In this blog we discuss the potential impact of President Trump’s tax reforms on tax equity projects, outline the incentives available to investors and developers and the extension of incentives. In a later presentation, we will outline the main structures adopted in renewable energy projects financed by tax equity financing.
Tax equity financing is likely to be impacted by President Trump’s proposed tax plan entitled ‘Unified Framework for Fixing Our Broken Tax Code’. The tax plan contains proposals to reduce Federal corporate income tax to 20% and allow eligible capital expenditure to be expensed for a period of at least 5 years. Eligible expenditure is that incurred on depreciable assets after 27 September 2017 apart from on structures.
The plan provides a suggested template to Congressional tax-writing committees for reforming the US federal tax system but delegates to the committees the task of developing specific rules.
The House of Representatives subsequently proposed a ‘Tax Cuts and Jobs Act’ which was introduced in the House on 2nd November 2017. This passed the House of Representatives’ Ways and Means Committee on 9th November 2017. The entire House of Representatives passed a version on 16th November 2017. On the same day, the Senate Finance Committee passed its version.
The main provisions contained in both the House of Representatives and Senate versions that impact corporate entities involved in tax equity projects are:
- A reduction in the corporate income tax rate from 35% to 20%;
- A repeal of the Alternative Minimum Tax (AMT);
- 100% bonus depreciation i.e. expensing of capital expenditure on qualifying property incurred until 2023;
- Net operating losses brought forward can only reduce net taxable income by 90%; and
- Disallowance of interest incurred in excess of 30% of business income to replace the current earnings stripping rules.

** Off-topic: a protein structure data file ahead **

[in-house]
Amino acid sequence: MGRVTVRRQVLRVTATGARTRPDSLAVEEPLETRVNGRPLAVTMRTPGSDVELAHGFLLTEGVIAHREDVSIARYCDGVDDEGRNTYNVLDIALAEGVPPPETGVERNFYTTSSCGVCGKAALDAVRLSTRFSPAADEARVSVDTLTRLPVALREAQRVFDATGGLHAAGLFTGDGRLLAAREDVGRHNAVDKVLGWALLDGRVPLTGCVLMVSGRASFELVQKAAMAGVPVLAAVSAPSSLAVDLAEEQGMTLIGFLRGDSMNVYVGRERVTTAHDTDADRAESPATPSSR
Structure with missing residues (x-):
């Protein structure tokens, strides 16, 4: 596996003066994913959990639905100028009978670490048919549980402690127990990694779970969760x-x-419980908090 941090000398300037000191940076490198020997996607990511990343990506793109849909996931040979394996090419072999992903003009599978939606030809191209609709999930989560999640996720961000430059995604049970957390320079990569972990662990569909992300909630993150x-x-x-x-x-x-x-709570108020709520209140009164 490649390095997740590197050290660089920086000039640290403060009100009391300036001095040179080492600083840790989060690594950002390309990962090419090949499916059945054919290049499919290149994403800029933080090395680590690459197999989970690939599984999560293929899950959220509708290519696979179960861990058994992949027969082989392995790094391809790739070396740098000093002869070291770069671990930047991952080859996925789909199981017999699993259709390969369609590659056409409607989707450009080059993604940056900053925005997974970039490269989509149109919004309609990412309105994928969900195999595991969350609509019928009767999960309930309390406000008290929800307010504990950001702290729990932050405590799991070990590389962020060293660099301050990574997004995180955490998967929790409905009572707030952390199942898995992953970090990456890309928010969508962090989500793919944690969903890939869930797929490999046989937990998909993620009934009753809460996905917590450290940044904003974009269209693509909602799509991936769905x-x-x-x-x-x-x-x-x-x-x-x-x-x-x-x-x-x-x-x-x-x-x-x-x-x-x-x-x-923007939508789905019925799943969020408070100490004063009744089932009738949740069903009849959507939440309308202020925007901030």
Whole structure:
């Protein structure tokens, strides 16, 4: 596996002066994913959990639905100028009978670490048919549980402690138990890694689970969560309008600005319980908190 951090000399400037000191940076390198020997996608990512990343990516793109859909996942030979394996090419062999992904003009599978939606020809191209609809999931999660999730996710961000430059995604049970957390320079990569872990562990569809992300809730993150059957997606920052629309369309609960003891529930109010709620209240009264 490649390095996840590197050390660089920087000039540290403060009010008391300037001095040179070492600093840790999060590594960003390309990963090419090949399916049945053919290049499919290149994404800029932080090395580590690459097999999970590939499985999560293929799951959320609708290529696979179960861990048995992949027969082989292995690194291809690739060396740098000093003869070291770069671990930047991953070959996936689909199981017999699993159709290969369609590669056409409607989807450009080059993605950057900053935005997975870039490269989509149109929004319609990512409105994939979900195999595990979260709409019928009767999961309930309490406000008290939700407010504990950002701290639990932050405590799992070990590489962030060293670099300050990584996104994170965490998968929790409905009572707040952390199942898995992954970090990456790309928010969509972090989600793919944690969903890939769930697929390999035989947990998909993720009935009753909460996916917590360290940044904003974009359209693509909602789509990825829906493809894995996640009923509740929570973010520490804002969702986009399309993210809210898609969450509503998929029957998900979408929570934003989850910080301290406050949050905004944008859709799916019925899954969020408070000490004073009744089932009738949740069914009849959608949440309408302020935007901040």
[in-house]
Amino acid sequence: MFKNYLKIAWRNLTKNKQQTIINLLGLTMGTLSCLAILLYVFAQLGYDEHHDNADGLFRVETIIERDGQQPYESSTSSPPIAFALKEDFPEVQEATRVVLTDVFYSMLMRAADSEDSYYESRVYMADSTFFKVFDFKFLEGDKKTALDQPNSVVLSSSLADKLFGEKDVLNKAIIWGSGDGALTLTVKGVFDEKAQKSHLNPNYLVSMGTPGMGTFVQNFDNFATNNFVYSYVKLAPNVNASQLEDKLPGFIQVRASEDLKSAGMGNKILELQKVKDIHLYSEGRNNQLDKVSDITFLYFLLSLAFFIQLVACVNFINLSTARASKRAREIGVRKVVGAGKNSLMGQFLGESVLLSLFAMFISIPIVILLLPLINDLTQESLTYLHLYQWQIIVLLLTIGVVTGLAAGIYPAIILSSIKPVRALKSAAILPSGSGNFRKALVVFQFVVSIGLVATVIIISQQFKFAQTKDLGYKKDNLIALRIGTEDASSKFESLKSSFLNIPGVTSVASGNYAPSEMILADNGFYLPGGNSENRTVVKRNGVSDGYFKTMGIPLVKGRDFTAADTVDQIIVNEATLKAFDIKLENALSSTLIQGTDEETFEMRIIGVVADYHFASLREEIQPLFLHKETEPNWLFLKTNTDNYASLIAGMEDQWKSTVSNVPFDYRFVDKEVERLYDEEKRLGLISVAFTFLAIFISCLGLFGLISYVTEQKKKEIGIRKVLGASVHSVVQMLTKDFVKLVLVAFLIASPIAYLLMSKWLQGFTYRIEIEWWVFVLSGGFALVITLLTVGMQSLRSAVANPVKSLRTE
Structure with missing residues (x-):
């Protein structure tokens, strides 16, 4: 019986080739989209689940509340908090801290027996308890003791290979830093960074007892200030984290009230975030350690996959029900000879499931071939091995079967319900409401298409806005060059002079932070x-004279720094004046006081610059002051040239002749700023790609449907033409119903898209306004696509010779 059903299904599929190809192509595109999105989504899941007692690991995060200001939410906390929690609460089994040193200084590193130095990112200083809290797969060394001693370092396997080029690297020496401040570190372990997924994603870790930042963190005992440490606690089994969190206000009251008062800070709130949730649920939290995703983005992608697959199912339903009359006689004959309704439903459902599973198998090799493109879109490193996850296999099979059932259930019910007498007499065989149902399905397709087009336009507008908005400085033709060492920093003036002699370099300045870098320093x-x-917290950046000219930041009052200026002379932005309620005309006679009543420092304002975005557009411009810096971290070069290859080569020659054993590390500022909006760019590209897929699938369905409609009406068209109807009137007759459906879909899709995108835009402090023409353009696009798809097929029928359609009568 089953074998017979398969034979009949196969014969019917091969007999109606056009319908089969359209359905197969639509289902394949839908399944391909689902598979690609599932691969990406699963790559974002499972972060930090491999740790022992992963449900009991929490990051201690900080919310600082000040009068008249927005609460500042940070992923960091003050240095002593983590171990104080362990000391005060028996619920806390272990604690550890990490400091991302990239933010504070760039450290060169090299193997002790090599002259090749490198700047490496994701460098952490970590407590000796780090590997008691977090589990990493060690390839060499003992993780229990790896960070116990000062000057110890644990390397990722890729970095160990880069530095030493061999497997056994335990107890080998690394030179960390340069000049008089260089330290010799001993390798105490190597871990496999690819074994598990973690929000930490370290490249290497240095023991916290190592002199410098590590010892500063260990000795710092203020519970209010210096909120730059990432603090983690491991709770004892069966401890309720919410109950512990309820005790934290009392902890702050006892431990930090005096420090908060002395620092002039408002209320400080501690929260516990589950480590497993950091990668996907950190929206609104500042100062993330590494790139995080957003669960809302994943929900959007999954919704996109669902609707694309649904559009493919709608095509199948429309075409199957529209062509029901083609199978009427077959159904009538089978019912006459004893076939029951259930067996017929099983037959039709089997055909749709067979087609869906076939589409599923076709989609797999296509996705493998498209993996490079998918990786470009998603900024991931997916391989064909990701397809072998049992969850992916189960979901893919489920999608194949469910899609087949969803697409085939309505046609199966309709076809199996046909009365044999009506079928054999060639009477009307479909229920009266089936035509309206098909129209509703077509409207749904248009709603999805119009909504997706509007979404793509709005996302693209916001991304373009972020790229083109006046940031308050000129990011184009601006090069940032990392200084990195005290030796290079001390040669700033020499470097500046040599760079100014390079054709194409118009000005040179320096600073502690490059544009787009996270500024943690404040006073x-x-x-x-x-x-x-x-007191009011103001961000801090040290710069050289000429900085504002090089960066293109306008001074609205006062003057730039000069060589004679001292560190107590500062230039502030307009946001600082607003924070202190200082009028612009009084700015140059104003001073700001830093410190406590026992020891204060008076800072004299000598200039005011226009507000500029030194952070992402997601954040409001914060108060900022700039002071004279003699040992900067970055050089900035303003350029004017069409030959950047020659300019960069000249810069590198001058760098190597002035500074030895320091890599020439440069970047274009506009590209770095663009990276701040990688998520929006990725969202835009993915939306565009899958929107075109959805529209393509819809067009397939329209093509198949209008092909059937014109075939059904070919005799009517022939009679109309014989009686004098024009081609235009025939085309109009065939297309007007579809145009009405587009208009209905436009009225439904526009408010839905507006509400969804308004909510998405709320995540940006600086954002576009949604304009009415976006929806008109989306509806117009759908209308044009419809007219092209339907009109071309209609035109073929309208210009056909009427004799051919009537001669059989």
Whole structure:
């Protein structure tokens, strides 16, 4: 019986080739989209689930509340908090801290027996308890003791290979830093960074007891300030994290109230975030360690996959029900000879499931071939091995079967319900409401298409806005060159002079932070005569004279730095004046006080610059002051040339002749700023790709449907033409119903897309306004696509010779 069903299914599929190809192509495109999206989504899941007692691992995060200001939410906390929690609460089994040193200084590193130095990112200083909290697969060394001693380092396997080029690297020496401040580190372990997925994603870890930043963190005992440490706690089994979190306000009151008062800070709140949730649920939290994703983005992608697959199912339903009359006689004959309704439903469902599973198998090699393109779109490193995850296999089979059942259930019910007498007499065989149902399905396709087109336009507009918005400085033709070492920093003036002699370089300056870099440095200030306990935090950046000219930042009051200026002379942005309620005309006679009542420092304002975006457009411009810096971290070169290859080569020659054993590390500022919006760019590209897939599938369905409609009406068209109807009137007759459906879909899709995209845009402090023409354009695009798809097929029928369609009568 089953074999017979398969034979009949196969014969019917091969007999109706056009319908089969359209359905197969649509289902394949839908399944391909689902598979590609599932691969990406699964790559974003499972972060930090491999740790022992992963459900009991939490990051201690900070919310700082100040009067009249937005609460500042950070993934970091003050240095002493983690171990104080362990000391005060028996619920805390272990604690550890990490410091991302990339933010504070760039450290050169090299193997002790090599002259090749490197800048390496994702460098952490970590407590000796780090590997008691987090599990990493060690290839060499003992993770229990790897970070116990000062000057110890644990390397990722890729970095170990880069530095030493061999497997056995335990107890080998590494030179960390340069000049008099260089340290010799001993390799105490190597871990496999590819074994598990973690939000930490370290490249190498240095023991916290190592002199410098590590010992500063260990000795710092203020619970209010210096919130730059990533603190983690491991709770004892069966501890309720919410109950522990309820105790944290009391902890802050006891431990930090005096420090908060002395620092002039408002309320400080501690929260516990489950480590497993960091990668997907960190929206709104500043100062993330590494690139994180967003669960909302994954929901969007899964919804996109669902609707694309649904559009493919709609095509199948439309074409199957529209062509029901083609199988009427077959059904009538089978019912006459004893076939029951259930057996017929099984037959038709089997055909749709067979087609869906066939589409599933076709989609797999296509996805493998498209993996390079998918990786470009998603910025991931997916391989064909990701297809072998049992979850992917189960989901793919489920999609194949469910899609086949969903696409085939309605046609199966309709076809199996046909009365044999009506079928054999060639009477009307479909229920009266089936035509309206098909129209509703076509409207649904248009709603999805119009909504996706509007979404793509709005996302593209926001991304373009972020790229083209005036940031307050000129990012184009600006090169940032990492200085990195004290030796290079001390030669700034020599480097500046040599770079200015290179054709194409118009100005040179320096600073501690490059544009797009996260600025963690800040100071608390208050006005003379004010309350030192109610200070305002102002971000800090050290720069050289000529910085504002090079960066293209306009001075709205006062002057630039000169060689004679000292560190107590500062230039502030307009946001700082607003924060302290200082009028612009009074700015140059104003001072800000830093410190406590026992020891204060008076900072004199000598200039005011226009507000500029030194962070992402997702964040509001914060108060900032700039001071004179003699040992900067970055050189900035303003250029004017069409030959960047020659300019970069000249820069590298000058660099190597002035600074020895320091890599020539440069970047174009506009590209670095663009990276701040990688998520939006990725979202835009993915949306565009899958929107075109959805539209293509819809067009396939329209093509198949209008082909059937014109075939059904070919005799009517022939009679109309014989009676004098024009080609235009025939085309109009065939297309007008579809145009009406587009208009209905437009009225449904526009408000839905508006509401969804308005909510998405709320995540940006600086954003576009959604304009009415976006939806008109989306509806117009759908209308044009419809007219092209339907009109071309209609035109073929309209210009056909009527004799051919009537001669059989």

There are differences in the above provisions between the Senate version and House of Representatives’ version. Specifically:
- The House of Representatives’ version would cut the corporate income tax rate to 20% immediately whereas the Senate version delays this reduction until 2019;
- For the purposes of the limitation of deductible interest, the Senate version defines ‘business income’ as Earnings Before Interest and Tax (EBIT) whereas the House of Representatives’ version defines ‘business income’ as Earnings Before Interest Tax Depreciation and Amortisation (EBITDA);
- Any unrelieved interest can be carried forward indefinitely under the Senate version whereas it can only be carried forward for up to 5 years under the House of Representatives’ version; and
- There is an exemption from any limitation of interest deductions for businesses with gross receipts of less than $25 million under the House of Representatives’ version and $15 million under the Senate version.
Renewable energy projects in the US currently benefit from a variety of tax credits and accelerated tax depreciation which usually lead to tax losses being incurred in the early periods of projects. Tax equity structures have developed to enable investors who have taxable income from other sources to participate in projects and utilise these tax losses generated.